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  11.  22
    Reputational Implications for Partners After a Major Audit Failure: Evidence From China.Xianjie He, Jeffrey Pittman & Oliver Rui - 2016 - Journal of Business Ethics 138 (4):703-722.
    We analyze whether audit partners suffered damage to their professional reputations with the demise of Zhongtianqin, formerly the largest audit firm in China, after an audit failure (...)
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  12.  18
    The Signaling Effect of Corporate Social Responsibility in Emerging Economies.Weichieh Su, Mike W. Peng, Weiqiang Tan & Yan-Leung Cheung - 2016 - Journal of Business Ethics 134 (3):479-491.
    What signals do firms in emerging economies send to stakeholders when they adopt corporate social responsibility practices? We argue that in emerging economies, firms that adopt CSR (...)
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  13.  30
    The Third Eye: Exploring Guanxi and Relational Morality in the Workplace[REVIEW]Doreen Tan & Robin Stanley Snell - 2002 - Journal of Business Ethics 41 (4):361 - 384.
    We examine the use of Confucian relational morality as an alternative reference point to that of modernist morality in judging workplace ethical conduct. A semi-structured interview (...)based study involving 46 ethnic Chinese managers and 30 non-Chinese expatriate managers in Singapore, provided evidence of the use of traditional guanxi-linked morality as a moral resource by some of the former group in judging workplace ethical dilemmas. While such morality played only a minor role in moral reasoning, and was largely overshadowed by modernist morality, the research nonetheless demonstrates that moral reasoning reflects wider cultural heritage, and is not merely a function of corporate culture and individual moral development. (shrink)
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  14.  23
    Competence to Make Treatment Decisions in Anorexia Nervosa: Thinking Processes and Values.Jacinta Oa Tan, Tony Hope, Anne Stewart & Raymond Fitzpatrick - 2006 - Philosophy, Psychiatry, and Psychology: Ppp 13 (4):267.
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  15.  39
    Institutional Structure and Firm Social Performance in Transitional Economies: Evidence of Multinational Corporations in China.Justin Tan - 2009 - Journal of Business Ethics 86 (S2):171 - 189.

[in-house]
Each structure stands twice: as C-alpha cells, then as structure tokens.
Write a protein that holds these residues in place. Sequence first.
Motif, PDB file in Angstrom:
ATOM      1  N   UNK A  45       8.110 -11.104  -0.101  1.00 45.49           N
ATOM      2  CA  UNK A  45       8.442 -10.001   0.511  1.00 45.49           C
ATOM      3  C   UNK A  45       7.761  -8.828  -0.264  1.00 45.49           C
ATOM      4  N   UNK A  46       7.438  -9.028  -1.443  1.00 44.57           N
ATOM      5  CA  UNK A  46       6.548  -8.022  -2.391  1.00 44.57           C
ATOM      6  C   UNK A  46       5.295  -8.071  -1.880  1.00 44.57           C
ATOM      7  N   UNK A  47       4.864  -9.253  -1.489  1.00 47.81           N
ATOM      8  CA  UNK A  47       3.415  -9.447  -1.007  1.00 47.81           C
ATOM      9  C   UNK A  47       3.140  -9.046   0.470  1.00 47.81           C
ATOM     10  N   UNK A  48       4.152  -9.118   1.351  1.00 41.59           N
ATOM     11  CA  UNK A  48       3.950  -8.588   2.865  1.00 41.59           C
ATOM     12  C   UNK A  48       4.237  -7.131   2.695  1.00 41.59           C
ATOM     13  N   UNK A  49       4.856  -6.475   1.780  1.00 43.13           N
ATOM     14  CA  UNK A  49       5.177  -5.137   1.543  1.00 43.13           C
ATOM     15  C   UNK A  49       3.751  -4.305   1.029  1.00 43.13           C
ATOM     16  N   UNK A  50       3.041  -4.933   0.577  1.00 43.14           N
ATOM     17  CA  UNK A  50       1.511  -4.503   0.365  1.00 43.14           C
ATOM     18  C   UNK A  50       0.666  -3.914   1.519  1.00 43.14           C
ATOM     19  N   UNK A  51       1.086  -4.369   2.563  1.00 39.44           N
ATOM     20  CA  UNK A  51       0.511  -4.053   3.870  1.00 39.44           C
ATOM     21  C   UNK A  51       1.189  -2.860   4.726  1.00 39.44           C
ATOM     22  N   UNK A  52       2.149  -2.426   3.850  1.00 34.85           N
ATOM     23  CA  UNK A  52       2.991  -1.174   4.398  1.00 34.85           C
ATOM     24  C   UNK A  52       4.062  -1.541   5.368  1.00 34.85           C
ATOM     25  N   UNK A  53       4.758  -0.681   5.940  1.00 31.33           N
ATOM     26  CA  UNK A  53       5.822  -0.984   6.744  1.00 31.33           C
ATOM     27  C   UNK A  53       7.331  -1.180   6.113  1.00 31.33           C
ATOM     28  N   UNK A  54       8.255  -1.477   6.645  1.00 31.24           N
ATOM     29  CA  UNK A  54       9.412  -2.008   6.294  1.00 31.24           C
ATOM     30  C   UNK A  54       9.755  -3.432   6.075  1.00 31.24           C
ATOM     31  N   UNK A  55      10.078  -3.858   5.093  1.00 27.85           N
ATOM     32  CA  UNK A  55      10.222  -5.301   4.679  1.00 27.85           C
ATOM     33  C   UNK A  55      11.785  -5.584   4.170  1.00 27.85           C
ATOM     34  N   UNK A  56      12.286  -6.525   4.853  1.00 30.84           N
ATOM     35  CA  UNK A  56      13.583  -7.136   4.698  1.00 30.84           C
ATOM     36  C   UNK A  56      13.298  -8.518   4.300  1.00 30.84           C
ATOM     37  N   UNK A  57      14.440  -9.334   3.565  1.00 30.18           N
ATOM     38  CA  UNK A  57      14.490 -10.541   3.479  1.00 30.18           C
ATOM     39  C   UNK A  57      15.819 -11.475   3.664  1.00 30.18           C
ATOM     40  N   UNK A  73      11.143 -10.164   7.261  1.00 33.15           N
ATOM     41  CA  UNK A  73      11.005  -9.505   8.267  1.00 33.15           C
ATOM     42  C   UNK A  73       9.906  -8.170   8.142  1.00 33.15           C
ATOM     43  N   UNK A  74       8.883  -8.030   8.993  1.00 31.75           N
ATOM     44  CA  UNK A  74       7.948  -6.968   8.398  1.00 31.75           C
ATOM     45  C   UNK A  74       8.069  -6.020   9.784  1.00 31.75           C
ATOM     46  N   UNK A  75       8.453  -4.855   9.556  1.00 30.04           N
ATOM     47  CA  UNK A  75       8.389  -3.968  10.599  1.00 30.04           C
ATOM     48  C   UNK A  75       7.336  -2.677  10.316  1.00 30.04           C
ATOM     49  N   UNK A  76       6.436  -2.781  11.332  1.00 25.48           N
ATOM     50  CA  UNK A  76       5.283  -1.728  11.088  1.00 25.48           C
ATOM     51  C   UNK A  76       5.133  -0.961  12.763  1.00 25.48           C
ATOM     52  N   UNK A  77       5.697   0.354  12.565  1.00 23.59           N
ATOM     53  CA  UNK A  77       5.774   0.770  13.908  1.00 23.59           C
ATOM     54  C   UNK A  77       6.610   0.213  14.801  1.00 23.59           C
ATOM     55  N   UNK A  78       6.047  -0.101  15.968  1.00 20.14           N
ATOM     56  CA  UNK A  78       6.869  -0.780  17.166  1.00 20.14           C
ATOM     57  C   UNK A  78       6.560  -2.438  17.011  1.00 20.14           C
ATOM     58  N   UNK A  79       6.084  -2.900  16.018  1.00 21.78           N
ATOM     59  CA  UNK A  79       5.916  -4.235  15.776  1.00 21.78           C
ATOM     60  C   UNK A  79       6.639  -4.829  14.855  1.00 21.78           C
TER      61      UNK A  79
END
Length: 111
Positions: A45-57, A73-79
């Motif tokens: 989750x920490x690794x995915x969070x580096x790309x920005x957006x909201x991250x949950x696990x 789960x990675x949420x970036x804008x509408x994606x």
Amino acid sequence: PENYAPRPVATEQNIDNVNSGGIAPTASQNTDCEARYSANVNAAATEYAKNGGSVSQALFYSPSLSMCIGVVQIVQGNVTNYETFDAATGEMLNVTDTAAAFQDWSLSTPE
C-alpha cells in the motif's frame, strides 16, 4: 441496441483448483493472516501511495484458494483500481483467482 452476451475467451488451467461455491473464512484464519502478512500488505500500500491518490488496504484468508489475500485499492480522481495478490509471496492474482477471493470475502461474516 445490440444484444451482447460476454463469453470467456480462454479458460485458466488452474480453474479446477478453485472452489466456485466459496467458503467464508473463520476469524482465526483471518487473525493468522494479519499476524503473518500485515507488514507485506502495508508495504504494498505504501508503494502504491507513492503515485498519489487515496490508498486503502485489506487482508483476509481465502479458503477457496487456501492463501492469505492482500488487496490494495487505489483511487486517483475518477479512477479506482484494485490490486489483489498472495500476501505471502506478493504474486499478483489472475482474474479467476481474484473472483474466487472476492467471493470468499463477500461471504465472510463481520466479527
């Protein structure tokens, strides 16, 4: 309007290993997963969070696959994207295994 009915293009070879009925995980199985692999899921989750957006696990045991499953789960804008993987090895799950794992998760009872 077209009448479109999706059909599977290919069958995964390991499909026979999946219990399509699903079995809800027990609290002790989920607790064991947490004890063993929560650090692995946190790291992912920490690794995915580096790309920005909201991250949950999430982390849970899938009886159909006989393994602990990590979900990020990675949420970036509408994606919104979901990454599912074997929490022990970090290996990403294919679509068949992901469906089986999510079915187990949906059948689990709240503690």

With the expansion of multinational corporations (MNCs), the alarming upsurge in widely publicized and notable corporate scandals involving MNCs in emerging markets has begun to draw both (...)
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  16.  55
    MNC Strategic Responses to Ethical Pressure: An Institutional Logic Perspective.Justin Tan & Liang Wang - 2011 - Journal of Business Ethics 98 (3):373-390.
    In this study, we aim to investigate how multinational corporations (MNCs) balance ethical pressures from both the home and host countries. Drawing on theories from institutional theory, (...)
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  17. The Duty to Protect.Kok-Chor Tan - 2006 - In Terry Nardin & Melissa Williams (eds.), Humanitarian Intervention. New York University Press.
  18.  4
    The Lexical Constituency Model: Some Implications of Research on Chinese for General Theories of Reading.Charles A. Perfetti, Ying Liu & Li Hai Tan - 2005 - Psychological Review 112 (1):43-59.
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  19.  53
    Anorexia Nervosa and the Language of Authenticity.Tony Hope, Jacinta Tan, Anne Stewart & Ray Fitzpatrick - 2011 - Hastings Center Report 41 (6):19-29.
    It feels like theres two of you insidelike theres another half of you, which is my anorexia, and then theres the real K [own (...)name], the real me, the logic part of me, and its a constant battle between the two. The anorexia almost does become part of you, and so in order to get it out of you I think you do have to kind of hurt you in the process. I think its almost inevitable. We came to the concept of authenticity belatedly, one might say. We had been talking to people who had a diagnosis of anorexia nervosa about their experiences of living with their condition, and though we had not raised issues of authenticity or identity ourselves, they often did. They struggled with questions of .. (shrink)
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  20.  62
    Justice and Personal Pursuits.Kok-Chor Tan - 2004 - Journal of Philosophy 101 (7):331-362.
  21.  18
    Exploring the Gap Between ConsumersGreen Rhetoric and Purchasing Behaviour.Micael-Lee Johnstone & Lay Peng Tan - 2015 - Journal of Business Ethics 132 (2):311-328.
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  22.  30
    Isolating Cultural and National Influence on Value and Ethics: A Test of Competing Hypotheses.Justin Tan & Irene Hau-Siu Chow - 2009 - Journal of Business Ethics 88 (S1):197 - 210.